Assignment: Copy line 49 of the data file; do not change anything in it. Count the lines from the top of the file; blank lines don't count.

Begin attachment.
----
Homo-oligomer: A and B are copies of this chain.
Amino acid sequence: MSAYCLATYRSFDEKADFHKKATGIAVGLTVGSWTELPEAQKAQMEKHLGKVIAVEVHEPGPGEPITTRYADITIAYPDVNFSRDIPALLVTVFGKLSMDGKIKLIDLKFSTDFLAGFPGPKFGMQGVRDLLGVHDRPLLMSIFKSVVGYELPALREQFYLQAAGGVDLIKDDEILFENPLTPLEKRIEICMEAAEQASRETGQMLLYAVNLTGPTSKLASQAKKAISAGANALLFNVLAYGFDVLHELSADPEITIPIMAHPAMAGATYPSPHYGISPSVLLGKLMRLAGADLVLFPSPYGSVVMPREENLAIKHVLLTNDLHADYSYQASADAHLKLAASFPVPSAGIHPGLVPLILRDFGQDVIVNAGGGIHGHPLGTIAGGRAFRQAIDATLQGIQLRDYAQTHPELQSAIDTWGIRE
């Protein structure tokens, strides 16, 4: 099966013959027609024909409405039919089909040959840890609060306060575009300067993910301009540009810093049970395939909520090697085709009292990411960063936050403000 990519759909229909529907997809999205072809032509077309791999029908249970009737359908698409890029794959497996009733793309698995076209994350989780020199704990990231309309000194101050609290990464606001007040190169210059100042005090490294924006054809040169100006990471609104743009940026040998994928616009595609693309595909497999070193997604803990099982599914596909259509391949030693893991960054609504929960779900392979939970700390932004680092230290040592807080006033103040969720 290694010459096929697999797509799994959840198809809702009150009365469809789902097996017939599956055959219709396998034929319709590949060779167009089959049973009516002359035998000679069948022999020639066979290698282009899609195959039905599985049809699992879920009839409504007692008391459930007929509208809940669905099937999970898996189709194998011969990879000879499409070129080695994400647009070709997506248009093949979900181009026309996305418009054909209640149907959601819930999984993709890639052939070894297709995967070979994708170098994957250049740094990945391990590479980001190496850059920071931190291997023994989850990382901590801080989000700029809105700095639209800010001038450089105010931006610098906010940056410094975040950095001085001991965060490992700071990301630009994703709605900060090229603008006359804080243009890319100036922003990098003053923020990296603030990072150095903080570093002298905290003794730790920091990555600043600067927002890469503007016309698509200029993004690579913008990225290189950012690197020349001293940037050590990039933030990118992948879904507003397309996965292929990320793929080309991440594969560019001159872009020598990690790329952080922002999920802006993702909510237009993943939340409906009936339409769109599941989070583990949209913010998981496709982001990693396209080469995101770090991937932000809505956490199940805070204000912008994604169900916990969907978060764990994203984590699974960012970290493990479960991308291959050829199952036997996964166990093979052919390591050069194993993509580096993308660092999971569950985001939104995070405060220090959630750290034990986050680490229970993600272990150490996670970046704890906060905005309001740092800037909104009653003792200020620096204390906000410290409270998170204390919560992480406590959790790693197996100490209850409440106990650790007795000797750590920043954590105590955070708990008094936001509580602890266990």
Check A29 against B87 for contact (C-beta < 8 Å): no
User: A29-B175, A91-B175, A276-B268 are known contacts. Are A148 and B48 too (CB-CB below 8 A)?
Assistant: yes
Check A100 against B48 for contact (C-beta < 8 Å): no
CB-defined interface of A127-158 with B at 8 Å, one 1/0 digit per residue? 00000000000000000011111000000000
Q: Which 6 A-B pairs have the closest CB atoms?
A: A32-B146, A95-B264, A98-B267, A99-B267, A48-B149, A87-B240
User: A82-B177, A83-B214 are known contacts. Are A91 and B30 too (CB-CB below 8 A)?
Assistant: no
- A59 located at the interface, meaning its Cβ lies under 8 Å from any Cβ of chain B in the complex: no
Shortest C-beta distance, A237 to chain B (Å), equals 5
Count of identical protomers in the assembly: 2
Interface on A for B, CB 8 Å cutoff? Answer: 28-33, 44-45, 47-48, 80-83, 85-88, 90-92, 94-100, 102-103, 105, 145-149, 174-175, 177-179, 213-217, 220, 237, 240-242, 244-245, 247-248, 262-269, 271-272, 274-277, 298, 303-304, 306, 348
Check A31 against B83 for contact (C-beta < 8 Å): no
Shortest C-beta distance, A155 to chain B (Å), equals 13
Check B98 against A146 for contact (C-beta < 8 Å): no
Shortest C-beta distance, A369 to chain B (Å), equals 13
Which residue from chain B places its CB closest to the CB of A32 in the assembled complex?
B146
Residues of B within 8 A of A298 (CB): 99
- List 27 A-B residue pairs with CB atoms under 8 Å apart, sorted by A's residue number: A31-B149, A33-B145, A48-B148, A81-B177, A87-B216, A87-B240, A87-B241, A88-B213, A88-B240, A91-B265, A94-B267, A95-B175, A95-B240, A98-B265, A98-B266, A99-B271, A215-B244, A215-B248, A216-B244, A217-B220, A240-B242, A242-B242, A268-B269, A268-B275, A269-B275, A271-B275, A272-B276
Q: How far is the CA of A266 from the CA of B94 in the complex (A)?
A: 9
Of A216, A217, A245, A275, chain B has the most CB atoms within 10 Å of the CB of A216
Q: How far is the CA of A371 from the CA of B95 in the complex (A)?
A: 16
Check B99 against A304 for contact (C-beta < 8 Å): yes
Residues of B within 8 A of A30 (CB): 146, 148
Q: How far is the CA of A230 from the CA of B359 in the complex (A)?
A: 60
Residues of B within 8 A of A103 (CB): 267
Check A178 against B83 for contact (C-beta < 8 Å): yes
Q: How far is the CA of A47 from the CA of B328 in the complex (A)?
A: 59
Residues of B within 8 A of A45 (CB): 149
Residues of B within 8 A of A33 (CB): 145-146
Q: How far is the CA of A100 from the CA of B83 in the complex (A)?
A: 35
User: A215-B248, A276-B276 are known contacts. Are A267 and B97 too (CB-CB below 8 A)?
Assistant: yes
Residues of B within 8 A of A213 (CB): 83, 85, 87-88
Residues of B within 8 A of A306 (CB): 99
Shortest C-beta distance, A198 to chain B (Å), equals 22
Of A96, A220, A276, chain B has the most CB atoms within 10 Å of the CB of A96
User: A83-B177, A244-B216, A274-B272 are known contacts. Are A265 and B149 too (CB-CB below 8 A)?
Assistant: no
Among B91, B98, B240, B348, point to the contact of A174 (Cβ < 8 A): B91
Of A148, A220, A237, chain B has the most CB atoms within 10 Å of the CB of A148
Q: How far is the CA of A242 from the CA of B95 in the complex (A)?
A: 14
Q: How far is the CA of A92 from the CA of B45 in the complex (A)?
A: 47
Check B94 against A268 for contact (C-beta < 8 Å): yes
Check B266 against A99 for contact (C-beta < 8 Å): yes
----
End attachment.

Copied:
Assistant: no